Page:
Fusion Protein, CGEN-15001, Shows Ability to Restore Immune Balance in Mice with MS

Fusion Protein, CGEN-15001, Shows Ability to Restore Immune Balance in Mice with MS

Compugen has reported new and promising results from studies on animal models of multiple sclerosis (MS) that support its lead drug candidate, CGEN-15001, as a potential treatment for a variety of autoimmune diseases, including MS.

Specifically, CGEN-15001 was shown to restore immune tolerance and balance in a durable and sustained manner in treated animals, a major unmet research goal for these diseases.

“Autoimmune diseases, such as multiple sclerosis, rheumatoid arthritis, type 1 diabetes and psoriasis, are conditions in which the immune system attacks the body’s healthy tissues due to loss of self-tolerance. Restoring this tolerance without impacting the immune system’s ability to fight other diseases is the Holy Grail of immunology,” Anat Cohen-Dayag, CEO and president of Compugen, said in a press release. “Currently, most drugs indicated for autoimmune diseases are general immuno-suppressants, which may lead to serious side effects including infections and an elevated risk of cancer.”

CGEN-15001 is an Fc fusion protein based on an immune checkpoint protein that company researchers discovered. It  has shown the potential to restore immune tolerance and immune balance in a specific manner, so as to avoid systematic or global immune suppression. Together with previous test results, the new data demonstrate that CGEN-15001 has the potential to induce a sustained and safer therapeutic response in patients with autoimmune diseases.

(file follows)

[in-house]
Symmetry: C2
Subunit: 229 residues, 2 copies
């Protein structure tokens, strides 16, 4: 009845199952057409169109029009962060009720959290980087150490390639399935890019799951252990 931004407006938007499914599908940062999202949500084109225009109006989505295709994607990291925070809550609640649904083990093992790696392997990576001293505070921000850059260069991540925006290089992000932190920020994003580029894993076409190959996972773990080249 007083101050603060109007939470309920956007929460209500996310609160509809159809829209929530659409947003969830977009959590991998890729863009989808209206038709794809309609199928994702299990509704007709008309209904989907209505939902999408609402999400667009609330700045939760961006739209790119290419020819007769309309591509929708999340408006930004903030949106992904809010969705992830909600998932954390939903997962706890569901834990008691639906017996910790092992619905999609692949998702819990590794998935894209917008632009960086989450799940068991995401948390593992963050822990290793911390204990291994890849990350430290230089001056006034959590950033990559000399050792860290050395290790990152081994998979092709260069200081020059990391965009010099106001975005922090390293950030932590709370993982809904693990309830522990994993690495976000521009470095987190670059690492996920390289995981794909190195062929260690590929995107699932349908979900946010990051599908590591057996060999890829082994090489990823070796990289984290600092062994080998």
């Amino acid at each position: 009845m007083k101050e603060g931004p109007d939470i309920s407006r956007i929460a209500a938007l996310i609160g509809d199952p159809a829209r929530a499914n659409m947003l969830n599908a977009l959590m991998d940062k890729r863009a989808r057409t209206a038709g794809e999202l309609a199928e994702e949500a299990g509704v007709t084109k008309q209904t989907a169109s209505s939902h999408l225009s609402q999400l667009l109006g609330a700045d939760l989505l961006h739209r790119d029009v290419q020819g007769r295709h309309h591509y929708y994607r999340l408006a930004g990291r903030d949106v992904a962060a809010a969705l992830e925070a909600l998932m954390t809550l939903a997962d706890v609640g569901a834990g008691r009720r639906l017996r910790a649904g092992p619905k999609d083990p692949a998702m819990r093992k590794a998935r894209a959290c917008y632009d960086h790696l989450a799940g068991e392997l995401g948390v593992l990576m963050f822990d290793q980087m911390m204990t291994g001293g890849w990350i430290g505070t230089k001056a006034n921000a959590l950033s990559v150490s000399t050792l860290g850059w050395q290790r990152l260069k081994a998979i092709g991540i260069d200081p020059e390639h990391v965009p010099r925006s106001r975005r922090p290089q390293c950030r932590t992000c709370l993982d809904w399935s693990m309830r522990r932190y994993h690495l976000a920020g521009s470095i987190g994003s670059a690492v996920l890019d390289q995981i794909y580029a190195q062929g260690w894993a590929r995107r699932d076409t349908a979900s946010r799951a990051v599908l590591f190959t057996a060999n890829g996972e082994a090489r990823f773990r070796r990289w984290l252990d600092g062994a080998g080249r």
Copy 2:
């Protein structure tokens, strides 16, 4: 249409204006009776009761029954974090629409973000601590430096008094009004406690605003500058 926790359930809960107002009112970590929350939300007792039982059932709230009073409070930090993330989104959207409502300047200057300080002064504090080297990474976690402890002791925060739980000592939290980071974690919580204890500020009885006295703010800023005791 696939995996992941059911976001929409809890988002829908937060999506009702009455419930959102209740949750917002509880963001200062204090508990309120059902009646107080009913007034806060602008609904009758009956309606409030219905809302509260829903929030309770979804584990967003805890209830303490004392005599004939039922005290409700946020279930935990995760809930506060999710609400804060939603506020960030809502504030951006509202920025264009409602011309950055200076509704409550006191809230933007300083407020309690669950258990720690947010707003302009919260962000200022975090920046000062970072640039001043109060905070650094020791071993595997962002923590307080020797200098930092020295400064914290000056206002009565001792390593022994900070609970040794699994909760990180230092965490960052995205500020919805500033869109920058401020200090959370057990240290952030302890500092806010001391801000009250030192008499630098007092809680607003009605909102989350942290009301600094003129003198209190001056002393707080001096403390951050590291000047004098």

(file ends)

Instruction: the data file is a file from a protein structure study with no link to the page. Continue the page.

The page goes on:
Researchers, working with a team from Feinberg School of Medicine at Northwestern University led by Professor Stephen Miller, showed that treatment with CGEN-15001 in animal models of relapsing-remitting multiple sclerosis (RRMS) allowed for the transfer of immune tolerance from diseased mice to non-treated mice (through the exchange of immune T-cells). This result was shown to be specific, protecting the recipient mice from developing MS even upon disease stimulation.

Similar tests conducted using a different an immune checkpoint-based drug designed to treat autoimmunity, Orencia (CTLA4-Ig), failed to induce immune tolerance or protect the mice from developing the disease, the researchers reported.

Although both drugs, CGEN-15001 and Orencia, improved the clinical MS symptoms in the diseased donor mice, they had very different long-lasting effects on the recipient mice.

“This observation is of significance since CGEN-15001 appears to not only act as an immune tolerance inducing agent, but also to act in an antigen-specific manner, thus having the potential to benefit patients with a long-lived drug free remission while avoiding the global immune suppression induced by other treatments,” said Miller. “This data therefore supports a safety profile for CGEN-15001 with potentially low risk for infections and neo-malignancies which are unfortunately recognized side effects of many of the currently available drugs for autoimmunity.”

The company is now searching to partners to help it bring the treatment into clinical testing in people.

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